On day 2, McQuoid started the day in 3rd place, chasing his father and renowned Green Bay stick Danny Woodke.

“We were nervous coming in because the wind helps that east side bite, and it was calm. Sure enough, the first three spots didn’t produce. The alewives moved back in, and the fish weren’t there. Then we moved to the spot that produced our last two fish from the first day. I caught a 7- or 8-lber there, and then we just bounced around on the east shore, trying to fish fast and find spots with fewer alewives.

“The rain started in the afternoon, so I went across the flat to a reef where I had marked fish earlier. The rain helped so that the fish didn’t hear my bait hit the water. At 1:45 pm, I caught a 4.5- or 5-lber, which immediately went in. Before that, I was starting to get in panic mode. We were supposed to head back at 2:20, and at 2:10, I caught my last fish, a 29-incher. I didn’t know I had won at that point, but I knew there was going to be a chance.”

“We only caught 6 fish in the 2 tournament days, so we never had to make any difficult decisions. Before the tournament, my plan was to keep anything 6 pounds or bigger.”

McQuoid caught both suspended fish and walleyes positioned near rock structure.

“Four of the fish I weighed came up suspended. I was fishing anywhere from 6’ to 20’ of water. The one my co-angler caught the first day was sitting next to a giant boulder, and I caught another one sitting just inside the rocks on the bottom.”

When he checked earlier in practice, these same spots didn’t have fish. But slowly, the alewives started moving out as the water continues to warm.

“I think the fish we caught were the first wave of migration.”

McQuoid primarily used a 3/8-oz Kalin’s Google Eye Hair Jig (purple) with a stinger hook. Two of his weigh fish were caught on a Kalin’s Pendu Jig (1/8 or 3/8) threaded with a full crawler.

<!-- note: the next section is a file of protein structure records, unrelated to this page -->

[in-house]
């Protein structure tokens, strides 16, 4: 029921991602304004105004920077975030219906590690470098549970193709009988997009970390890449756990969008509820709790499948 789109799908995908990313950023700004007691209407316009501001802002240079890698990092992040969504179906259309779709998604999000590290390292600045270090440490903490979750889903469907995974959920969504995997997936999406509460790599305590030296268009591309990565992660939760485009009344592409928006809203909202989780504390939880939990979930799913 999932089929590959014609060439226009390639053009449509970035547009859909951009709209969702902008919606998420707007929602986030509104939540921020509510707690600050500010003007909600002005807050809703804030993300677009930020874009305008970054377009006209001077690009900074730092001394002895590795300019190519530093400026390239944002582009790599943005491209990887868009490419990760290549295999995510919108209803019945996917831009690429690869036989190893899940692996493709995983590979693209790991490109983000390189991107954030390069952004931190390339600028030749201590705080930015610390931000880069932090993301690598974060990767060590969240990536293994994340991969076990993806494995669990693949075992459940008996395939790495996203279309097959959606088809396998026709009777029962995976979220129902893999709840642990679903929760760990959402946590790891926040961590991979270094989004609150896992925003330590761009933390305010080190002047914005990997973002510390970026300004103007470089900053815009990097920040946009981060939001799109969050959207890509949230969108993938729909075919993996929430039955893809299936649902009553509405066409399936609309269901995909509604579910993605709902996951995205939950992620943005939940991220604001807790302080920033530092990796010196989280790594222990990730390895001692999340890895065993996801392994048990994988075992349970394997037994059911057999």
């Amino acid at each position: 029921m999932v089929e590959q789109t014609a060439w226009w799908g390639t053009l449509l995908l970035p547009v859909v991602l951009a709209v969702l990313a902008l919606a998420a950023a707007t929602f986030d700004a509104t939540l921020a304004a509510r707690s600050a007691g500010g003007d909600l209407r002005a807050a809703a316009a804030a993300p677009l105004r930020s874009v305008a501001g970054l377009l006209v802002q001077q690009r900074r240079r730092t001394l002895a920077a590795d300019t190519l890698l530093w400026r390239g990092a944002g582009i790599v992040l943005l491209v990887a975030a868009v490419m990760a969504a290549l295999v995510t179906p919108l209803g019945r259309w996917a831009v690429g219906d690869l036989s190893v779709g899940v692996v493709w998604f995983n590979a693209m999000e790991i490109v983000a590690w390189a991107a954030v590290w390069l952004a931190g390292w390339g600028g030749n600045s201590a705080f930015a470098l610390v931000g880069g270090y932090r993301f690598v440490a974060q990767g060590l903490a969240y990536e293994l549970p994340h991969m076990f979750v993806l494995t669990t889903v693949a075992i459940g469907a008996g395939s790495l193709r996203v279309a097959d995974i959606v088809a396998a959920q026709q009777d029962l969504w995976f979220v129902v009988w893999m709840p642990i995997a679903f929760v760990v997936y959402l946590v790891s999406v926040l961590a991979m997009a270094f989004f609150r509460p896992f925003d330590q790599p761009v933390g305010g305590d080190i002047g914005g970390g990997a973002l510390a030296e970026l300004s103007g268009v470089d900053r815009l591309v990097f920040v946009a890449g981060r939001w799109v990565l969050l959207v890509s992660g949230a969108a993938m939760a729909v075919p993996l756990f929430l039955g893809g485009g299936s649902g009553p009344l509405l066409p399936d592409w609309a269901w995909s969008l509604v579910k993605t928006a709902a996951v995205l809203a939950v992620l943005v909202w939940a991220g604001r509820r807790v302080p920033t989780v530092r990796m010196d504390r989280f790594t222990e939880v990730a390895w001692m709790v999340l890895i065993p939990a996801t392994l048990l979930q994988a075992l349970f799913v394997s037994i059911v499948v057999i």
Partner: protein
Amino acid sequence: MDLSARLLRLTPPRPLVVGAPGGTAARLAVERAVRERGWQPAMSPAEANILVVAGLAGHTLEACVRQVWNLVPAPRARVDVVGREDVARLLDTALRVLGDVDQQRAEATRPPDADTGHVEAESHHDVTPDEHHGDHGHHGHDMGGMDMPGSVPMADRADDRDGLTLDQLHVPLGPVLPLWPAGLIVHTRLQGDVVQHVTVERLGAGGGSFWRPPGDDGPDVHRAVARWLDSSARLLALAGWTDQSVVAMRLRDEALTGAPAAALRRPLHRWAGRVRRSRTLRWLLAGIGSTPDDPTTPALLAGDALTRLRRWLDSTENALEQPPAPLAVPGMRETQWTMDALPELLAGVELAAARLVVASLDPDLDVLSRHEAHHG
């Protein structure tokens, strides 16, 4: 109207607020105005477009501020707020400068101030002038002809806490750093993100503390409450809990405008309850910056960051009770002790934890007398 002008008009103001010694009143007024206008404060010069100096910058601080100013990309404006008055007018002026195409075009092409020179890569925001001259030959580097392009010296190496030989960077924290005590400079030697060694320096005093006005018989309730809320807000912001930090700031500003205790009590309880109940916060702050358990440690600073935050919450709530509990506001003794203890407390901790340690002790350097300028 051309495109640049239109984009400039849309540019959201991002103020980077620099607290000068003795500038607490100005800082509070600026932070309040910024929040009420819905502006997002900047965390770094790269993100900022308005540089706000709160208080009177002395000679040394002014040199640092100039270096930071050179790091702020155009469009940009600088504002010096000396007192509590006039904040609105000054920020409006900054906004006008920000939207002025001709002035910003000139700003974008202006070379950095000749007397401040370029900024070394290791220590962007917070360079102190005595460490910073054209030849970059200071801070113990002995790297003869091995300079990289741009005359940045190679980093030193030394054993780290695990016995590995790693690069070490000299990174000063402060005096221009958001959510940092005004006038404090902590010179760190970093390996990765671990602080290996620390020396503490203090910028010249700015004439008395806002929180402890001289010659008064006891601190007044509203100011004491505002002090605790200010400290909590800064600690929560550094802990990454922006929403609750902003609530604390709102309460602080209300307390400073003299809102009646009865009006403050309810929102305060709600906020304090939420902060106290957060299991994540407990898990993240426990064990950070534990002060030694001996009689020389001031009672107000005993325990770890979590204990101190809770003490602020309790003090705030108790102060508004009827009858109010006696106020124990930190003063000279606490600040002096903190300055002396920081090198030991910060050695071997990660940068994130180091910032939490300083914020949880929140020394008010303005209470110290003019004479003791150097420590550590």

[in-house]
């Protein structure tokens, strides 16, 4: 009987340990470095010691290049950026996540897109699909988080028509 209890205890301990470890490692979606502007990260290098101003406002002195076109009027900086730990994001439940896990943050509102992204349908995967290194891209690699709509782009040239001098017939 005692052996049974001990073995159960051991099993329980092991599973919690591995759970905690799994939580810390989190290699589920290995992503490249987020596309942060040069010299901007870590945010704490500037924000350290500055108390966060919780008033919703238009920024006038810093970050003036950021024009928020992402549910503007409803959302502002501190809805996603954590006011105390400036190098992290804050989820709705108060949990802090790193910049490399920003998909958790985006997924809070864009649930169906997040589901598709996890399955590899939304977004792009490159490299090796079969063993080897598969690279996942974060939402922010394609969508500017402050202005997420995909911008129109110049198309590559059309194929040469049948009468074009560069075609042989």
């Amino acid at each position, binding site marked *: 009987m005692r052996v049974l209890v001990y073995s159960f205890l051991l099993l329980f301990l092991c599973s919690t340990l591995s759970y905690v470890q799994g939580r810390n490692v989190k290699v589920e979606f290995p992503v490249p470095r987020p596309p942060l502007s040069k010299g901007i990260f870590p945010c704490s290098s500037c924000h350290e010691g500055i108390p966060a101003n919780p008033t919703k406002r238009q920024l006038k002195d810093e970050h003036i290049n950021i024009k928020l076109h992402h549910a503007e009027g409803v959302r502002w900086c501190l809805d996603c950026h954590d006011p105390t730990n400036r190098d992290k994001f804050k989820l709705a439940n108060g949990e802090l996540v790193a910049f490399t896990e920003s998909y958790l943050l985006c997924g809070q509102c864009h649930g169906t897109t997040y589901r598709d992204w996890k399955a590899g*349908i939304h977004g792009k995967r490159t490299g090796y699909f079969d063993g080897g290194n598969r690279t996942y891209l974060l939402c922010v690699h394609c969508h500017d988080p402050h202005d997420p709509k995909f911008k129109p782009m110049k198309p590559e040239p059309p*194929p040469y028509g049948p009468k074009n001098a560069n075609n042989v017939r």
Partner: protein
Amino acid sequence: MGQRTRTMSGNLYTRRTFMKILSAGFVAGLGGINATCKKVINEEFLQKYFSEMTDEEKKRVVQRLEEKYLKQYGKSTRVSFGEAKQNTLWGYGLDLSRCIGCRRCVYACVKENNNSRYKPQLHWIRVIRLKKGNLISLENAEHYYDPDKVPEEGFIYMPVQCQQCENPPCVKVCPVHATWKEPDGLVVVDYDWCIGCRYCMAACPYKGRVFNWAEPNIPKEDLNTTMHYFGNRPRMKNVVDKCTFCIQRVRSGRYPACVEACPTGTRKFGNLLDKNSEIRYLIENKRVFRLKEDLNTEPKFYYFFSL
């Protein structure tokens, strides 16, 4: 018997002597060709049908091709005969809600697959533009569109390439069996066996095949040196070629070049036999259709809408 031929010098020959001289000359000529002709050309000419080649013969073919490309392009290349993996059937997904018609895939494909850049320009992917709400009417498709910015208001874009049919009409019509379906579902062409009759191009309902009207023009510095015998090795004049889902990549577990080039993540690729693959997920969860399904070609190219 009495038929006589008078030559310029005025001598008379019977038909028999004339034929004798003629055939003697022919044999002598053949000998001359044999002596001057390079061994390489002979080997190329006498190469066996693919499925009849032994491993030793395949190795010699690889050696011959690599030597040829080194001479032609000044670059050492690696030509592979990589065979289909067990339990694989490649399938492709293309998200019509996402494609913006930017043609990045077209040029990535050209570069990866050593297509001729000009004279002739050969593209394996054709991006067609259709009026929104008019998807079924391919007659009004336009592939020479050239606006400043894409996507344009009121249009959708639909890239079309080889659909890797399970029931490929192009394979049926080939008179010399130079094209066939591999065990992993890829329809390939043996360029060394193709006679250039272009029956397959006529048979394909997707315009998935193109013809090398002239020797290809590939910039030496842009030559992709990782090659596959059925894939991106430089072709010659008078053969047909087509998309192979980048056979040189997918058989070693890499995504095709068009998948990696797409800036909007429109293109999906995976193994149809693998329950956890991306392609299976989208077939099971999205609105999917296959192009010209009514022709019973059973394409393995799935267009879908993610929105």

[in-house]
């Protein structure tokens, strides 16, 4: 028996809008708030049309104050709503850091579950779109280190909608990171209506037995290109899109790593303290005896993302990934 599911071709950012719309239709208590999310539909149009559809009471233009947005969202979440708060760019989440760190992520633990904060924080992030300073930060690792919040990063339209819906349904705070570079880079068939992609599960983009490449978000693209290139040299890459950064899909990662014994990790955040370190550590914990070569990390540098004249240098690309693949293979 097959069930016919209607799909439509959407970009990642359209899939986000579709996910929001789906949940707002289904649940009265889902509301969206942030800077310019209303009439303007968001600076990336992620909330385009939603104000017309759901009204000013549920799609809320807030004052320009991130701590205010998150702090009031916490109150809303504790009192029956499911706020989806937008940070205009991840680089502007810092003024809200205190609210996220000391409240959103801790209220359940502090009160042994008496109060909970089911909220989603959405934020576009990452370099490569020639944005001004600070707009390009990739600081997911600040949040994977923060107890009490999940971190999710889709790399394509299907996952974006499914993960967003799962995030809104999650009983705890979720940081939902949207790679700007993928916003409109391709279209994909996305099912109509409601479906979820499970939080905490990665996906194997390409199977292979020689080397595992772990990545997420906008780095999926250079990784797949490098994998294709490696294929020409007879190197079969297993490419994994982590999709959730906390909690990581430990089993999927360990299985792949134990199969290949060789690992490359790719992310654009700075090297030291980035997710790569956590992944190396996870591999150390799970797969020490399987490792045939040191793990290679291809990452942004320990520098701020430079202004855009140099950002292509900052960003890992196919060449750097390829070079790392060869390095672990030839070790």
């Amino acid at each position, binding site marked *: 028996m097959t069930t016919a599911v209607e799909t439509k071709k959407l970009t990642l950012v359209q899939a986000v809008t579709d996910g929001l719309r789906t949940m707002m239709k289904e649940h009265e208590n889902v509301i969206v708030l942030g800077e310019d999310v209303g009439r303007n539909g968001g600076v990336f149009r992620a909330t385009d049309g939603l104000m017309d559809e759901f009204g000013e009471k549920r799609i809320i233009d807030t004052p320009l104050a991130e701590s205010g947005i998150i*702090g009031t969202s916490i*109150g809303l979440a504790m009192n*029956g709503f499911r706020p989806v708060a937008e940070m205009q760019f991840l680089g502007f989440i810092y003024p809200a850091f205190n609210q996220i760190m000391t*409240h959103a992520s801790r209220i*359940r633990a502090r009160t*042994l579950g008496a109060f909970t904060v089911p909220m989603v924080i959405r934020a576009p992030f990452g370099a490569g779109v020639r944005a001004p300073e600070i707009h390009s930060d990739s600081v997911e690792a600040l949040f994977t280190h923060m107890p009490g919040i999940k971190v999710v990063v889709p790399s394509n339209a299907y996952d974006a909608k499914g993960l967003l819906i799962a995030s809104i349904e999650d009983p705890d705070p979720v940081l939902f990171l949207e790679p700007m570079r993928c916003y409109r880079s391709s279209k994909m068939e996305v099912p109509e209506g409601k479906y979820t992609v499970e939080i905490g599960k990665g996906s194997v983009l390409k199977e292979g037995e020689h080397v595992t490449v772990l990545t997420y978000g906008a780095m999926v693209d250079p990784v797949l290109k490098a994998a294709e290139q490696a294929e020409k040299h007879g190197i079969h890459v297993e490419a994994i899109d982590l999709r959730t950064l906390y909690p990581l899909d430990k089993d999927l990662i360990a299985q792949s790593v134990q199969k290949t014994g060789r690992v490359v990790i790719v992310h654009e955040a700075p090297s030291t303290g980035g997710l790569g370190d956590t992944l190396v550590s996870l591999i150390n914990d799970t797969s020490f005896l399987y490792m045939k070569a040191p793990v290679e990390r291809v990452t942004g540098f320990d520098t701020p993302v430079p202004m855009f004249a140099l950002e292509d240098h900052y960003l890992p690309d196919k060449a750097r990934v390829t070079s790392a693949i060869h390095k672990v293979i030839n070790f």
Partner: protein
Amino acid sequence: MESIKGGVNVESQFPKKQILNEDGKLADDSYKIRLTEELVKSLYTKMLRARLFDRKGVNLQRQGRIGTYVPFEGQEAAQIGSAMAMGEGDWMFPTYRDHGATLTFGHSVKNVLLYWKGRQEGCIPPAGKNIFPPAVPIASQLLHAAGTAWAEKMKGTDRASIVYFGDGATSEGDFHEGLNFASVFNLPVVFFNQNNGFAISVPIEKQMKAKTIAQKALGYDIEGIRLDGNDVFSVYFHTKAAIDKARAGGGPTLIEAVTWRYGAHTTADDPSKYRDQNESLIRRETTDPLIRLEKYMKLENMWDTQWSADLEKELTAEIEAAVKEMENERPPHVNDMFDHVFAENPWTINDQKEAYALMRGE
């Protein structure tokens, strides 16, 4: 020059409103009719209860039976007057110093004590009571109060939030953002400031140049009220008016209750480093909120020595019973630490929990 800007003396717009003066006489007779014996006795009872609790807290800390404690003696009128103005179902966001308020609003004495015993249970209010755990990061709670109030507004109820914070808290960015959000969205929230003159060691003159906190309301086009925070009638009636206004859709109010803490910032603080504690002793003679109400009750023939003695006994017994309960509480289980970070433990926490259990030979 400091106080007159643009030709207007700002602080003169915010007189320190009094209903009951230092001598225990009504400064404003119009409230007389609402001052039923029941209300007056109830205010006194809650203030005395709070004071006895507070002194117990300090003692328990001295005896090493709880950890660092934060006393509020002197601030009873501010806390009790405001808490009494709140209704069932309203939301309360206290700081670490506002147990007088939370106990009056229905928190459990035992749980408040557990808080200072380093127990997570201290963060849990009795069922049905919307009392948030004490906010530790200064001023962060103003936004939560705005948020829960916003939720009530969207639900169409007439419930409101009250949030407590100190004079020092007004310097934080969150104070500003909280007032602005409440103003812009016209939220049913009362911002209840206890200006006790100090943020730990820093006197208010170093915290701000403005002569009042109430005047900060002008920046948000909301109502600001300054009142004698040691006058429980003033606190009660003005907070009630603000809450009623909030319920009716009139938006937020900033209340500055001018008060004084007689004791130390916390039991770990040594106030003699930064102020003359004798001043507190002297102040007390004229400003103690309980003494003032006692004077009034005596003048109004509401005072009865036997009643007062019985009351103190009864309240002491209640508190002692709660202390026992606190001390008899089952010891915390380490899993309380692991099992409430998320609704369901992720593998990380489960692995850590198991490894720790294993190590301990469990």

“They were not aggressive enough for bigger hard baits. I was hopping the hair jig up and down – trying to mimic an alewife or some bait dying. When I couldn’t get a reaction from the hair, I just wanted to slow it down and go old-school finesse with a jig and crawler. The first day I saw a lot more walleyes. Even though I only caught those three fish, I had probably 20 chase it to the bottom but not eat. The second day the alewives sort of moved back in, and I saw only 10 walleyes all day long.”

McQuoid fished both presentations on a 7’ medium light “Double L” Rosemore spinning rod. He employed 15-lb Berkley Fireline (flame green) with a 12-lb Trilene 100% Fluorocarbon leader. Not surprisingly, LiveScope, and the detail it provides, proved to be the key.

“LiveScope allowed me to find the bigger walleyes that were mixed in with the sheepshead and everything else. That makes you so much more efficient. I had my LiveScope set out at 100, and I would make the first cast at 90’. Not many bites were coming close to the boat. Most were hitting it in that 40’ to 70’ range. The fish, especially in clear water, are so aware of us, you can even see the difference when your trolling motor is on 8 or 9 versus 3 or 4.”